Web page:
For your essay, please write a response to Roosevelt’s above quote from your point of view as a young person coming of age in the twenty-first century. What do you think America’s role – both at home and abroad – as the ‘ Arsenal Of Democracy’ should be? What are the issues and emergencies ‘ as serious as war itself’ faced by individuals, communities and countries in 2017 and how should they solved or confronted? Use events from American and WWII history as your starting point, but don’t stop in the past. Use specific examples from your own experiences and/or current events to support your ideas, beliefs and convictions on what the roles and goals of the United States should be in the twenty-first century. This is NOT a research paper, and the best essays will NOT be summaries of the past 75 years of American history or foreign policy. Your essay will be judged foremost for its originality, clarity of expression, and adherence to contest theme, as well as its historical accuracy, grammar, spelling, and punctuation. Museum staff will read and evaluate all entries and select the winning essays.
Thank you for the deeply insightful and wonderful observation of your classmate who’s neuro-different. There shows incredible depth, compassion, and insight into the human condition for such a young age. Your parents are blessed. I am a father of three, two with autism, one who’s 11 years old and very much like Eleanor. Everything you are saying is so truthful, few adults just don’t get. Families of kids with developmental disabilities slowly and painfully learn that most teachers and administrators who work in education don’t value people with developmental disabilities. Since my daughter’s preschool, it has been a monumental fight and tremendous strain on our family to have her included in the general education classroom with the appropriate supports, church, and community, and impossible to get them to treat her as equal with her peers. The thing is, my daughter’s not disabled on the inside. She’s actually intelligent, funny, kind, loves people, insightful, and very talented with her own thoughts and ideas. I bet Harriet is very much the same. It’s the lack of respect and the conditions others place on our kids that are so soul crushing to those with intellectual and developmental disabilities. Because my daughter has autism, anxiety and a language disorder, most people write her off as incapable of learning, making friends or holding a job, etc. Harriet, I think it’s wonderful your already thinking a career a legal career in disability advocate and human rights’ law. It has long been my opinion, the next human rights movement well be for children and adults with intellectual and developmental disabilities will be only a decade or two away, We will need you then. Your quite an impressive young lady!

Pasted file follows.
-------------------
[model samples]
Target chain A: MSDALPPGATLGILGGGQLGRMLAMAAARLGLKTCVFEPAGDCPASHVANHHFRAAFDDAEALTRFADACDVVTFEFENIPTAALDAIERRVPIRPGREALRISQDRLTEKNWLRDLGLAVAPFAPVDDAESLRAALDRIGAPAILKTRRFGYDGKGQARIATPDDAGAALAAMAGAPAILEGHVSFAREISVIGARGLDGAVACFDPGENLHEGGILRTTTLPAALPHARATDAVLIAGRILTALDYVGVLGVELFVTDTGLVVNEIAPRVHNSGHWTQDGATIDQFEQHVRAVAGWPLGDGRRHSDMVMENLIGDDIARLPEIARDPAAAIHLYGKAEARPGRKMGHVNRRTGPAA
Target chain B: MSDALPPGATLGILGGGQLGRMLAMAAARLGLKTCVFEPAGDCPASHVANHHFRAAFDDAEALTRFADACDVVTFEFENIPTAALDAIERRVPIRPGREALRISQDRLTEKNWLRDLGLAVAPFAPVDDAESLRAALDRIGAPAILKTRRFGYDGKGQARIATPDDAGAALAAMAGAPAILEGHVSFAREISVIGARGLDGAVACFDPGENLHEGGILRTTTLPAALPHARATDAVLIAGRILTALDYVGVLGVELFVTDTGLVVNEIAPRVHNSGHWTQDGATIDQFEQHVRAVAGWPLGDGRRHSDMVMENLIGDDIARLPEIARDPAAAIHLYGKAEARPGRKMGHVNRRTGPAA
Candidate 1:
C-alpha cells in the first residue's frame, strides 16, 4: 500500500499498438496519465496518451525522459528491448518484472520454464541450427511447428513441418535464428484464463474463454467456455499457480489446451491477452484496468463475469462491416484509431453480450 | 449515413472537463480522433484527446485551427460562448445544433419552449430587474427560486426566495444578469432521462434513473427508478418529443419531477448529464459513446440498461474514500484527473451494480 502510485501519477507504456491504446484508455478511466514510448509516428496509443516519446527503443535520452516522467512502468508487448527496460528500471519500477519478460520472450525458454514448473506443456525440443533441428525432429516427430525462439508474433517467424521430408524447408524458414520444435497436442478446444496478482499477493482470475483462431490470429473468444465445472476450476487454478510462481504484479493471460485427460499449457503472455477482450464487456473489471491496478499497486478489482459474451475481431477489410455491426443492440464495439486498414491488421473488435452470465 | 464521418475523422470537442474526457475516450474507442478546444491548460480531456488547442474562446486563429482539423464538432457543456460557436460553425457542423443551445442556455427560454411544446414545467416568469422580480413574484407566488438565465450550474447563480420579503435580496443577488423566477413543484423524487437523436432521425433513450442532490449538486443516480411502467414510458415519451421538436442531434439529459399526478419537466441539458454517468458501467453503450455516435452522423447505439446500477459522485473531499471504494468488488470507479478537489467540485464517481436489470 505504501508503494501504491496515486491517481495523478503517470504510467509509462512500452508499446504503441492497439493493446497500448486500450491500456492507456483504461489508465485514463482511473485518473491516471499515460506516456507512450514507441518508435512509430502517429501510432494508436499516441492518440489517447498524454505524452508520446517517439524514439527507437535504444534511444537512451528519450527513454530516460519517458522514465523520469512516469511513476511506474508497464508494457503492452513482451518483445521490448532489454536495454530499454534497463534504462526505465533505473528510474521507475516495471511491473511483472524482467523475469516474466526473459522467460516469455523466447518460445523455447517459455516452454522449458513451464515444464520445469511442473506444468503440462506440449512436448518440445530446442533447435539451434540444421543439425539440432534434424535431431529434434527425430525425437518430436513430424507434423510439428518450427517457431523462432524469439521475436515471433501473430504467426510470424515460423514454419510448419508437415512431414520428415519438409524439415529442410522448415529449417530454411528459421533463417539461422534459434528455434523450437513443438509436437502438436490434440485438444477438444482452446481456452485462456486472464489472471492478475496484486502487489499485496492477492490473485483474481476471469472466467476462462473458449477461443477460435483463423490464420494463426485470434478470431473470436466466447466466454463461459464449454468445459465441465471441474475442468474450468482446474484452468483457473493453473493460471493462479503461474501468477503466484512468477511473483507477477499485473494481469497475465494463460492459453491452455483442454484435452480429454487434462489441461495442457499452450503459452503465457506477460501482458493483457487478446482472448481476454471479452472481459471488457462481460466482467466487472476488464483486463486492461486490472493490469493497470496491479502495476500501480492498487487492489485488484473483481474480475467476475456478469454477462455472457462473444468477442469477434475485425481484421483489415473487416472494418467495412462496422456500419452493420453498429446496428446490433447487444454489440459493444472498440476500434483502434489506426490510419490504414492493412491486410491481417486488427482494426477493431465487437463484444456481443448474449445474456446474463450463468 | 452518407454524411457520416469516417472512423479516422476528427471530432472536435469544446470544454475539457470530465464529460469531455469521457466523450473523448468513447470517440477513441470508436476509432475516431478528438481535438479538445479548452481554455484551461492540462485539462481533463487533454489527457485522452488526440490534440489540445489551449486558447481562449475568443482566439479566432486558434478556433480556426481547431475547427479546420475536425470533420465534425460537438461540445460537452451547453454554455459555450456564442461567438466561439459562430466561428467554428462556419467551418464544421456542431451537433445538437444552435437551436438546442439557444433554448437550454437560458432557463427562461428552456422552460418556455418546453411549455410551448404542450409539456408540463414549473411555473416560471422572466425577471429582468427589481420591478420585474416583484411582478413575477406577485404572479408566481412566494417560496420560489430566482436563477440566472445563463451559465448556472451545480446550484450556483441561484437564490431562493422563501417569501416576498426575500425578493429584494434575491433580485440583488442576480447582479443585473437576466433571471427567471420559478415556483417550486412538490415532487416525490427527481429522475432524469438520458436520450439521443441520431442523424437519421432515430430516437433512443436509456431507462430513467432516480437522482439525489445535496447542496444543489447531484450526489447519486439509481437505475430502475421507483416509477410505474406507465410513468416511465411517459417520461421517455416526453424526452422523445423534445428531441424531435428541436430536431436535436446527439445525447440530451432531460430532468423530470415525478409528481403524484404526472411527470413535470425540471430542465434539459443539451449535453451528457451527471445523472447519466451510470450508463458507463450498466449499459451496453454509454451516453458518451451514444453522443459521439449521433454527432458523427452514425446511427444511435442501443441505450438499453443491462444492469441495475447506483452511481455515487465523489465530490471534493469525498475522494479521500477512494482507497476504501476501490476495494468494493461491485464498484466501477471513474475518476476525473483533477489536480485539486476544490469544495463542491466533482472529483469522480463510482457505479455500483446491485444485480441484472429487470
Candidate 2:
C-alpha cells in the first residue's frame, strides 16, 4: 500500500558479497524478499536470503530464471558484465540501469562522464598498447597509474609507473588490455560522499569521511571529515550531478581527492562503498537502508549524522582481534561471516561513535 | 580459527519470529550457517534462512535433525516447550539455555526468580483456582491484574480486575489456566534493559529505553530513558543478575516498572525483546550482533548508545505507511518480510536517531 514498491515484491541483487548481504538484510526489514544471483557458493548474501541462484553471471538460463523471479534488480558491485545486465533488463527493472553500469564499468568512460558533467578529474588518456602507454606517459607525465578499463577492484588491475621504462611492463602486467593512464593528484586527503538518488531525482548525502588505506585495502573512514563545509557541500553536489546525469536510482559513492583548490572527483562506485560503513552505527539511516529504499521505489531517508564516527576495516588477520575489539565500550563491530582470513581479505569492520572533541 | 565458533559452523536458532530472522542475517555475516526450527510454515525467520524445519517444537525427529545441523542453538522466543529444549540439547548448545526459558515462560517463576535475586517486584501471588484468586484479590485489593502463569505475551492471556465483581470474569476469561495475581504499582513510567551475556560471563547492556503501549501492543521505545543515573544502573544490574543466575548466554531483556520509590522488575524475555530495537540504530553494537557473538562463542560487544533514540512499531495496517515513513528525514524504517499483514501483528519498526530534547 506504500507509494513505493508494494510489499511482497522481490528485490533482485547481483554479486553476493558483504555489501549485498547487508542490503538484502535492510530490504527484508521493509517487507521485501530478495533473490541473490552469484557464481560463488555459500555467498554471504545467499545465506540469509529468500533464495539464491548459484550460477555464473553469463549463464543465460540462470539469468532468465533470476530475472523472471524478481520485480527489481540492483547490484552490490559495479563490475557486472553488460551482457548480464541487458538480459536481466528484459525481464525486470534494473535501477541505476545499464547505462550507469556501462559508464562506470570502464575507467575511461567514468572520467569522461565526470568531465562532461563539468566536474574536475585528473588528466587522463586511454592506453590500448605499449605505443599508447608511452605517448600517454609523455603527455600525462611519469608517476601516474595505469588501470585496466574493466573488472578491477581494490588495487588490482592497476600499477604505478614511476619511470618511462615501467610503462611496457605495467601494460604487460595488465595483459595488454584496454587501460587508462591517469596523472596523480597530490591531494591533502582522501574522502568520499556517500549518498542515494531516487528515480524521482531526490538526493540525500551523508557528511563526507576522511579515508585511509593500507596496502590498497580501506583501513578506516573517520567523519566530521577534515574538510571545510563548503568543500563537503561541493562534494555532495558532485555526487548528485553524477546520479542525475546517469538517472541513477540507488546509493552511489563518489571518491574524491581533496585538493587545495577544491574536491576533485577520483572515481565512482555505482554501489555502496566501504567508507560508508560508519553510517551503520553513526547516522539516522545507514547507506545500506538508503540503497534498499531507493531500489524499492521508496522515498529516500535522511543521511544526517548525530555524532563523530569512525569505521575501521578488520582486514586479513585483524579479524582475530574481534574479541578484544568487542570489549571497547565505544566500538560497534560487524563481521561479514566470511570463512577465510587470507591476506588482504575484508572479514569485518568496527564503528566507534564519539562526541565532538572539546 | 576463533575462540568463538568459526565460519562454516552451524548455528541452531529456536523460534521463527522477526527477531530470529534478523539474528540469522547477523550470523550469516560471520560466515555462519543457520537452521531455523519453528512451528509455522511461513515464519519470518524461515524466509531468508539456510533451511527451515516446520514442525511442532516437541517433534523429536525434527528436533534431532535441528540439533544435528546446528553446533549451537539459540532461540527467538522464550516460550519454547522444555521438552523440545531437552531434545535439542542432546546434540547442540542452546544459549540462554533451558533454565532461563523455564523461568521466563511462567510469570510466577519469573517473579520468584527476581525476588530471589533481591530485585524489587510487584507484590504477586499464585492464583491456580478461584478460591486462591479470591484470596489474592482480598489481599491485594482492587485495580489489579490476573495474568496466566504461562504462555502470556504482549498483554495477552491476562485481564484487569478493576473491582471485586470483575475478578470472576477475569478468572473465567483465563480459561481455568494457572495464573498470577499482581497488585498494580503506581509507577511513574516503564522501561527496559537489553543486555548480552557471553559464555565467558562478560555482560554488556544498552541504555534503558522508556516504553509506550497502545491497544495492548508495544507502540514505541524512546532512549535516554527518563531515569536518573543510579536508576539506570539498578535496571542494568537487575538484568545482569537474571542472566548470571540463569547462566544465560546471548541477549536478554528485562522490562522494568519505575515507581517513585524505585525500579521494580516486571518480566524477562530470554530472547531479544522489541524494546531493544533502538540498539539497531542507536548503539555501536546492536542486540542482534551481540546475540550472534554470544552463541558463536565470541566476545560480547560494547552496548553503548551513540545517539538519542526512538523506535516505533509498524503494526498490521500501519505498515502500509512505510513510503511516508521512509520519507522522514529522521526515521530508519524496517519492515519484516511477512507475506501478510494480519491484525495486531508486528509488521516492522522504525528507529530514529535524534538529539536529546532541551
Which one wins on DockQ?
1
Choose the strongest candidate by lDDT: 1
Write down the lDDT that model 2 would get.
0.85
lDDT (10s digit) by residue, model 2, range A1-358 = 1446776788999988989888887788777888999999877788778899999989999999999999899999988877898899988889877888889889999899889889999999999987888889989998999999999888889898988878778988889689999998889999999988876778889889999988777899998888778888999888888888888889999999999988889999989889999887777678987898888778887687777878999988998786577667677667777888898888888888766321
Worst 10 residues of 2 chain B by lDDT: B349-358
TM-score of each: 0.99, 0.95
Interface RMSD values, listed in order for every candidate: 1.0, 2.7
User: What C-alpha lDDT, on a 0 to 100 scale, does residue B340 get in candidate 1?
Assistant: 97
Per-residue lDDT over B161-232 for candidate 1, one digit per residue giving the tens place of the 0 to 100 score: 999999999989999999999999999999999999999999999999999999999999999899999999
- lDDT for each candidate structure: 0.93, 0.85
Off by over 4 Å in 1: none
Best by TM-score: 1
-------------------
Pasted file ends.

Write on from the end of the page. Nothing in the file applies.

I am only at Tip #2 and can already feel my “inner writer” coming back to life. I’ve been torturing myself for so long — many new ideas and perspectives to share and nothing but dread at the thought of the actual writing. I was always such a “good student”, and by the time I finished grad school I no longer enjoyed either reading or writing. Pretty sad statement, even sadder that the ill effects have lasted three decades.
The only writing advice I’ve read so far basically boils down to: it’s work, you just have to do it, set aside a specific time and force yourself…. all about as appealing as my mother’s shoe leather lamb chops. I can’t thank you enough for your approach. I think it’s going to work for me, and just know I am immensely grateful beyond what words can express. Yes!